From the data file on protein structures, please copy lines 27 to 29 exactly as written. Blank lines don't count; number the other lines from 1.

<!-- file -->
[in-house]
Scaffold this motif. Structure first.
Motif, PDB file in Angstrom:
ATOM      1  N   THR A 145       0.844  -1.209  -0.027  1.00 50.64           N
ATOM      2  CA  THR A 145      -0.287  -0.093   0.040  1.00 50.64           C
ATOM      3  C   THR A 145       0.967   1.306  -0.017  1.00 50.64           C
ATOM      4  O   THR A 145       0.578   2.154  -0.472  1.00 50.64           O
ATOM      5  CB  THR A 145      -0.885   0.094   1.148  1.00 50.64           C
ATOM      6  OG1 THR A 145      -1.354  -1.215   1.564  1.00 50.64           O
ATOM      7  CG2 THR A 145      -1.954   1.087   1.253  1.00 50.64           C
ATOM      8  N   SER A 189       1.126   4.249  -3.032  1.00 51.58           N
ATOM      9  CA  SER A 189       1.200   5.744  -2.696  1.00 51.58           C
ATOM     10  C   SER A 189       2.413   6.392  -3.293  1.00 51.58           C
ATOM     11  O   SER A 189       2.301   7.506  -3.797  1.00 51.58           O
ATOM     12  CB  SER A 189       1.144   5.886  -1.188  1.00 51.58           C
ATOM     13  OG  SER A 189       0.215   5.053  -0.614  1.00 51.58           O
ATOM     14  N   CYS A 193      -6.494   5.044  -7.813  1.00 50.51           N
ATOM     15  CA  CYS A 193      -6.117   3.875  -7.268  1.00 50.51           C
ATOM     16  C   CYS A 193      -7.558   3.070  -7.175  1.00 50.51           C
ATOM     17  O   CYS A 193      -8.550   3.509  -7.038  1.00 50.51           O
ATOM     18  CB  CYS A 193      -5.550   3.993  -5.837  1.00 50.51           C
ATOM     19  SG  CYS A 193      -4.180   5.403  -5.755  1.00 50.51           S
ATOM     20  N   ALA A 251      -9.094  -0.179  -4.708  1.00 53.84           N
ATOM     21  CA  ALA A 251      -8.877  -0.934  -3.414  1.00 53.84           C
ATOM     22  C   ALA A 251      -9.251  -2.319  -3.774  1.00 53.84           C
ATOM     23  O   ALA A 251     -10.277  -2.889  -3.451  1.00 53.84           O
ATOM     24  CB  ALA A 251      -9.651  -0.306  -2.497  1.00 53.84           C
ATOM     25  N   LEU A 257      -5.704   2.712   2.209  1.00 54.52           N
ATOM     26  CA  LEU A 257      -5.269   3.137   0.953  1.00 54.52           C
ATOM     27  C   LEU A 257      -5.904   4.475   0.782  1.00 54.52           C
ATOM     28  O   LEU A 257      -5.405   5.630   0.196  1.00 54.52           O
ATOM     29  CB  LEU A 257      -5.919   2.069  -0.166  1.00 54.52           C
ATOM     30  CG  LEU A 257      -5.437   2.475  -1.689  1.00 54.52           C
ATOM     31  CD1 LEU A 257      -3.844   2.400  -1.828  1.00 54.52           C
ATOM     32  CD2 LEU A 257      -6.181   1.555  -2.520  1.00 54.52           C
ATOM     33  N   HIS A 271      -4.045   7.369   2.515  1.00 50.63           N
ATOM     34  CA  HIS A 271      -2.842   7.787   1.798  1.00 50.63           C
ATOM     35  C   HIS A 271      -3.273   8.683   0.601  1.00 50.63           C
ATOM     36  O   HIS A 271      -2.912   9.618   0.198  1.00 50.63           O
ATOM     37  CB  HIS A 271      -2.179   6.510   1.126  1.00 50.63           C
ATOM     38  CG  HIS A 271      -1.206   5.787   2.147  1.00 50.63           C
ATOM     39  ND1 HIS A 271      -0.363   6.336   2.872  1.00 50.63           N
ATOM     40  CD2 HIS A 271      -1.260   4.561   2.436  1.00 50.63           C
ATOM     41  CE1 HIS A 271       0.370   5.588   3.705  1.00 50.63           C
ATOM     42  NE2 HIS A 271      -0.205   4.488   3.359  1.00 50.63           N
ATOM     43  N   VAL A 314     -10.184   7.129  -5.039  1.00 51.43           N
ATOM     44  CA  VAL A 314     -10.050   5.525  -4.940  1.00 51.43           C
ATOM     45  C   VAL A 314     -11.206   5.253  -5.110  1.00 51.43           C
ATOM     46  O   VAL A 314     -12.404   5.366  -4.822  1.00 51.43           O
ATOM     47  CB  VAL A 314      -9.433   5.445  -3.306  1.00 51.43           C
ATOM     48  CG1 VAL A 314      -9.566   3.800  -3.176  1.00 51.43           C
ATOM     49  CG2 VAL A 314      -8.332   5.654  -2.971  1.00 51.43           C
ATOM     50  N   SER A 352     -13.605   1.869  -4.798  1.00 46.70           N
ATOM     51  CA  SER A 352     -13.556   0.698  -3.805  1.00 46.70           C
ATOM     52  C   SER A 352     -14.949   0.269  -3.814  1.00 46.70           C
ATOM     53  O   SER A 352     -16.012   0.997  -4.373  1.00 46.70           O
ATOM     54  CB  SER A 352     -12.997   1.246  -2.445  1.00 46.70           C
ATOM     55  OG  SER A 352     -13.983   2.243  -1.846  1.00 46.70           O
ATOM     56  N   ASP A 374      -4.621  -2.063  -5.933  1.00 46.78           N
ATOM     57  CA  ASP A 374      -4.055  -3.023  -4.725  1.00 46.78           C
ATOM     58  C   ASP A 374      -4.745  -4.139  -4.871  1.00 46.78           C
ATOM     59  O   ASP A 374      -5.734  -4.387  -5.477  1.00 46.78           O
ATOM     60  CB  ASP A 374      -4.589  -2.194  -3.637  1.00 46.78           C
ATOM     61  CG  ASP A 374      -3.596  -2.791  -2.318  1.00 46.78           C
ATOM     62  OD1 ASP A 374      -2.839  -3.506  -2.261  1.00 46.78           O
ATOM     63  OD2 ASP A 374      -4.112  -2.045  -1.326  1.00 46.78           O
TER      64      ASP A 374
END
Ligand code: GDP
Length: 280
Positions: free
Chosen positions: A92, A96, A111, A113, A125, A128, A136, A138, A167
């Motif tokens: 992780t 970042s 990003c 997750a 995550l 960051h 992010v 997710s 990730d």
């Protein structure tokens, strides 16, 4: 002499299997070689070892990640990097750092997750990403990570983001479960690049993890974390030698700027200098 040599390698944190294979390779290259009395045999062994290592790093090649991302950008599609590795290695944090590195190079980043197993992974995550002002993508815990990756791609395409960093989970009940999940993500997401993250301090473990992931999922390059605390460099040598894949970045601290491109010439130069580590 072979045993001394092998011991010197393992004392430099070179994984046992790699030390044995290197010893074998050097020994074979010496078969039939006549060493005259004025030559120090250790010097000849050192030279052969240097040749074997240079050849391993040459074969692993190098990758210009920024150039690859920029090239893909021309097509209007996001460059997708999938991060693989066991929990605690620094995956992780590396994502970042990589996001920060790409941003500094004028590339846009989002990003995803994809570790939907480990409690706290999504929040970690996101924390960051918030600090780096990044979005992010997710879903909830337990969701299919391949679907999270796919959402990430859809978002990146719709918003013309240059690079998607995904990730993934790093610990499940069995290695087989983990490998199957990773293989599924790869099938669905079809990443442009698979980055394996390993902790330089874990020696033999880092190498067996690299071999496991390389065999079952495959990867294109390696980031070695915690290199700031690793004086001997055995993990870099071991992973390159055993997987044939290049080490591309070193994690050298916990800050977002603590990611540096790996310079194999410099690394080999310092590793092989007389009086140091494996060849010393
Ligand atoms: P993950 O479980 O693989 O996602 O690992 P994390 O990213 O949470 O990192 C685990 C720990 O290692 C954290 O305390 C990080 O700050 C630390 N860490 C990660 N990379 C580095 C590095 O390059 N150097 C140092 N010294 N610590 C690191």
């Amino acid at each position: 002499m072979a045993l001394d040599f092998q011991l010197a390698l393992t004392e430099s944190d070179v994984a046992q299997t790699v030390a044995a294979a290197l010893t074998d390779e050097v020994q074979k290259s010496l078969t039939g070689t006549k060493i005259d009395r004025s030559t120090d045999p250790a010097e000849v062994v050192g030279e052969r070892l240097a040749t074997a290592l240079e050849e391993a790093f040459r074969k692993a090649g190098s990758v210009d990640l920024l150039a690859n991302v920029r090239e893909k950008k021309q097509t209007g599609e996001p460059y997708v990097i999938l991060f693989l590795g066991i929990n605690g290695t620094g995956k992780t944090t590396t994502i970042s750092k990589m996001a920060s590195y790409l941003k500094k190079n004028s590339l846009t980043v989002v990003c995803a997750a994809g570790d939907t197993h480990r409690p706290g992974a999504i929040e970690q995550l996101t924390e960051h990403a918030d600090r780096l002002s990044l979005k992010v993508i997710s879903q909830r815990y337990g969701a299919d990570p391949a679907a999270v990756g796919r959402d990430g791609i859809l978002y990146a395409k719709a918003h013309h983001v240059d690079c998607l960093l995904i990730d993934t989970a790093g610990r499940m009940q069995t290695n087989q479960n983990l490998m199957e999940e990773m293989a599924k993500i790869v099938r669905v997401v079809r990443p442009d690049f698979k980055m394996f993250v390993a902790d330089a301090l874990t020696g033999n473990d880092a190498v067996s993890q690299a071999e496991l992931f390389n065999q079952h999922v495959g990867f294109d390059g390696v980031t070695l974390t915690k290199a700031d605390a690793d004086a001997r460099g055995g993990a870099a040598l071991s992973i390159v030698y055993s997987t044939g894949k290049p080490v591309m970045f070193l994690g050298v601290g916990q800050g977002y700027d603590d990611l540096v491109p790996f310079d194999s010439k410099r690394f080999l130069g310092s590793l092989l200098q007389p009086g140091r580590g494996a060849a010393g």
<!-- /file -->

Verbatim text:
ATOM     24  CB  ALA A 251      -9.651  -0.306  -2.497  1.00 53.84           C
ATOM     25  N   LEU A 257      -5.704   2.712   2.209  1.00 54.52           N
ATOM     26  CA  LEU A 257      -5.269   3.137   0.953  1.00 54.52           C